if(in_array($header, $printable)){
$str .= "\n";
}
}
$str .= "\n";
$first_time=FALSE;
}
$str .= "\n";
foreach($element as $k => $v){
if(in_array($k, $printable)){
$str .= "\n";
}
}
$str .= "\n";
}
$str .= "
" . $header
. "
" . $v . "
";
return $str;
}

Note that the second argument, $printable, expects an array of key names that you want included in the table. The following two lines would print out a table with four columns:

$printable= array("Name", "Artist", "Album", "Size");
echo array_to_table($songs, $printable);

Using this code, your webpage will look something like this:

iTunes webpage using php

Clicking on the header items will sort the table by that item.

Preparing to Parse the XML

The format of the iTunes XML file is not the easiest thing to work with. Life would’ve been a little easier if the tags looked something like this:




Funk with XML
Tech band


My Blue Heaven
Lovely Sounds Around


But in the XML format that iTunes uses (see the above excerpt), the tag names themselves are not terribly descriptive. For example, elements appear in several contexts: surrounding every element in the file, each major segment of the file (e.g., library items and playlists), and each song within the library. To get a list of the songs in the library, the script needs to examine everything between the third opening tag and its matching closing tag, which happens to immediately precede the tag.

The tags for individual library items don’t offer much information. They alternate between and a variable type (string, integer, date). PHP isn’t a strictly typed language, so this kind of information isn’t particularly useful here. As the script parses the file, the value within the tag will need to become an array key, and the value of the next element will become the array value.

Parsing with PCRE

PHP has outstanding text handling abilities, and the first method I’ll use for parsing XML uses one of the handiest text handing function sets available in PHP, the Perl Compatible Regular Expression (PCRE) functions. The code for my PCRE example is included in the pcre_parse.php file in the tarball.

PCRE offers nearly all the power that Perl scripters have grown to expect from their regular expressions. They’re faster than the standard PHP regular expression functions and they offer features like non-greedy matching, which you can’t use with the ereg() functions.

Here’s a quick function that moves each library item into an array with the structure I described above:

function parse_via_pcre($contents)
{
//get everything between the and
//tags, which will include each library element.
preg_match("/Tracks<\/key>.*?(.*)Playlists/s",
$contents, $whole_match);

//the text between each tag will be a library item
preg_match_all("/(.*?)<\/dict>/s",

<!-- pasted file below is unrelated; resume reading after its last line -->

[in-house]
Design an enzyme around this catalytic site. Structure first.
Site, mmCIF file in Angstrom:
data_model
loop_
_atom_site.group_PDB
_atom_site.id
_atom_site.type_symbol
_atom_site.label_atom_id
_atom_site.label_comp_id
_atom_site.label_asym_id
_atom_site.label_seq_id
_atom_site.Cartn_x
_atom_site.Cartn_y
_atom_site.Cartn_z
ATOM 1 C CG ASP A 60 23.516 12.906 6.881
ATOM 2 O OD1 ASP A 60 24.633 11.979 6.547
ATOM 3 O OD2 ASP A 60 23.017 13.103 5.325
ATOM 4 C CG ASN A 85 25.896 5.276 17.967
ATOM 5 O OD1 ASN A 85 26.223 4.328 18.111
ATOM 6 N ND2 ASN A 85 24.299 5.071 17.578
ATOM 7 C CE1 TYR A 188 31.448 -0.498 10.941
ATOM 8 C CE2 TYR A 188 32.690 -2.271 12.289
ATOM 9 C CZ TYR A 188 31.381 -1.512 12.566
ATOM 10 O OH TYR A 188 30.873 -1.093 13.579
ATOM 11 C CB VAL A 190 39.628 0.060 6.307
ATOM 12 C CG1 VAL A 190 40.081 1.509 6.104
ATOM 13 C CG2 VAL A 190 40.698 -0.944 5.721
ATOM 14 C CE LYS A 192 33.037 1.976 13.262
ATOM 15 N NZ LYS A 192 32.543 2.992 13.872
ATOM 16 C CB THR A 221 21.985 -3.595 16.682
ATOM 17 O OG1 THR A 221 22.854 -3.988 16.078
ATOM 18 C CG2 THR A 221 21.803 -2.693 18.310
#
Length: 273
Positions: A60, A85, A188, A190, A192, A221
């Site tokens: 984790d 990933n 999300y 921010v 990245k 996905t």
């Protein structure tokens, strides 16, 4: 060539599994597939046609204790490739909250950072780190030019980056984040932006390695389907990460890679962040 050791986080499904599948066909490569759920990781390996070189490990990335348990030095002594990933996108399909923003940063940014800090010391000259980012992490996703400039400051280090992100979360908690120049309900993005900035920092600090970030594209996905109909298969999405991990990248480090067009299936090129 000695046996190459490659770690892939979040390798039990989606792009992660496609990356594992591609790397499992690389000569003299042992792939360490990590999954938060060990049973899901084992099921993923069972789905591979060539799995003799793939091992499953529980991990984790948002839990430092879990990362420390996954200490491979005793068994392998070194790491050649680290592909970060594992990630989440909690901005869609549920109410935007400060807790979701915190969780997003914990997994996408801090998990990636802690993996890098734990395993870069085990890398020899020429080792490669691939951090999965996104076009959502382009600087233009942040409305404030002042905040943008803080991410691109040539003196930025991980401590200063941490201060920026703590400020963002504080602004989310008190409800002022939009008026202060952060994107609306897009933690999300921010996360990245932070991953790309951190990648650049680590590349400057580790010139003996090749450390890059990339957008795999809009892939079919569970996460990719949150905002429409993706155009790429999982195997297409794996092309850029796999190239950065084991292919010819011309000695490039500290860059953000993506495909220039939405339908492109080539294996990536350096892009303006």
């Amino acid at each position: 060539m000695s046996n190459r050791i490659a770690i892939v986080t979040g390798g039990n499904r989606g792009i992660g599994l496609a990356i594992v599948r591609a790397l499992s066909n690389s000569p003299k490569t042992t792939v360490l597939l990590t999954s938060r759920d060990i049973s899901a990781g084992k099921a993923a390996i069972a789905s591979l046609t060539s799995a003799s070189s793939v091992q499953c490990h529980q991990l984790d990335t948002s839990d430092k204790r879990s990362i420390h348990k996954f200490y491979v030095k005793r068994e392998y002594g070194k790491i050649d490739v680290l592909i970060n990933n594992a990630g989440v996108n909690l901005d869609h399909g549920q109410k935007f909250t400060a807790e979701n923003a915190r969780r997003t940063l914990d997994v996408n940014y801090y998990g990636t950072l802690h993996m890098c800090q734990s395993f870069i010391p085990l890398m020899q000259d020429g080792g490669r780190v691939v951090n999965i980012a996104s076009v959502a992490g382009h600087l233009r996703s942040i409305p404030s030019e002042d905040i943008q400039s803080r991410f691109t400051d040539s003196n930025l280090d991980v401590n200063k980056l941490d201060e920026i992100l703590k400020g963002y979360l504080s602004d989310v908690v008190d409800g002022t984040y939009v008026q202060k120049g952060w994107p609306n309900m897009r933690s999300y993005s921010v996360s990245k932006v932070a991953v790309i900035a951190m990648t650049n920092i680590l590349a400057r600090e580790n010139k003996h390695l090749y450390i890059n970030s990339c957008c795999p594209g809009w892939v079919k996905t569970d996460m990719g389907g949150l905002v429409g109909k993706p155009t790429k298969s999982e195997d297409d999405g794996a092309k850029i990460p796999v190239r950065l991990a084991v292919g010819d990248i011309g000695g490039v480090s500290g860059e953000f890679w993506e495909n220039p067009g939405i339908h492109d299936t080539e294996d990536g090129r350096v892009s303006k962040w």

$whole_match[1], $items);
$songs=array();
//$j is a generic counter.
$j=0;
foreach($items[1] as $value){

//this function creates two needed arrays
//$elements[1], which stores the values within
//the tags, and
//$elements[2], which stores the values within
//the tags that follow
preg_match_all("/(.*?)<\/key>.*?<.*?>(.*?)<\/.*?>/s
", $value, $elements);

//for each element assign a key and value to $songs array
for($i=0; $i < key="$elements[1][$i];" value="$elements[2][$i];">

Three reasonably simple regular expressions is all it took to get at the needed information. To use this function, all you need to do is open the file and pass it a string containing the file contents:

$fp=fopen("library.xml", "r");
$contents=fread($fp, filesize("library.xml"));
fclose($fp);
$songs=parse_via_pcre($contents);

Parsing with XPAT

The next approach to parsing the file uses the XPAT functions. XPAT is a SAX (Simple API for XML) parser, an event-based parser that can be told to perform an action when a particular condition is encountered. For instance, when the parser comes across an opening tag, that’s an event. Other events include encountering a closing tag or processing instructions. What happens when these events occur is entirely your business; in PHP, these events will trigger functions that you’ll have to write yourself.

Here’s some code that opens a file, creates a parser, and sets the needed callback functions (You can find this code in the xml_parse.php file):

§
$xml_parser = xml_parser_create();
xml_parser_set_option($xml_parser, XML_OPTION_CASE_FOLDING, 1);
xml_set_element_handler($xml_parser, "start_element", "end_element");
xml_set_character_data_handler($xml_parser, "character_data");

if (!($fp = @fopen($file, "r"))) {
return false;
}

while ($data = fread($fp, 4096)) {
if (!xml_parse($xml_parser, $data, feof($fp))) {
die(sprintf("XML error: %s at line %d\n",
xml_error_string(xml_get_error_code($xml_parser)),
xml_get_current_line_number($xml_parser)));
}
}

xml_parser_free($xml_parser);

This created a new parser with the xml_parser_create() function, and then defined some callback functions to run when events occur. In this example, I’ve indicated that the user-defined functions start_element(), end_element(), and character_data() will run when opening tags, closing tags, and character data are encountered, respectively. You’ll need to use these functions to create your internal PHP data sturcture.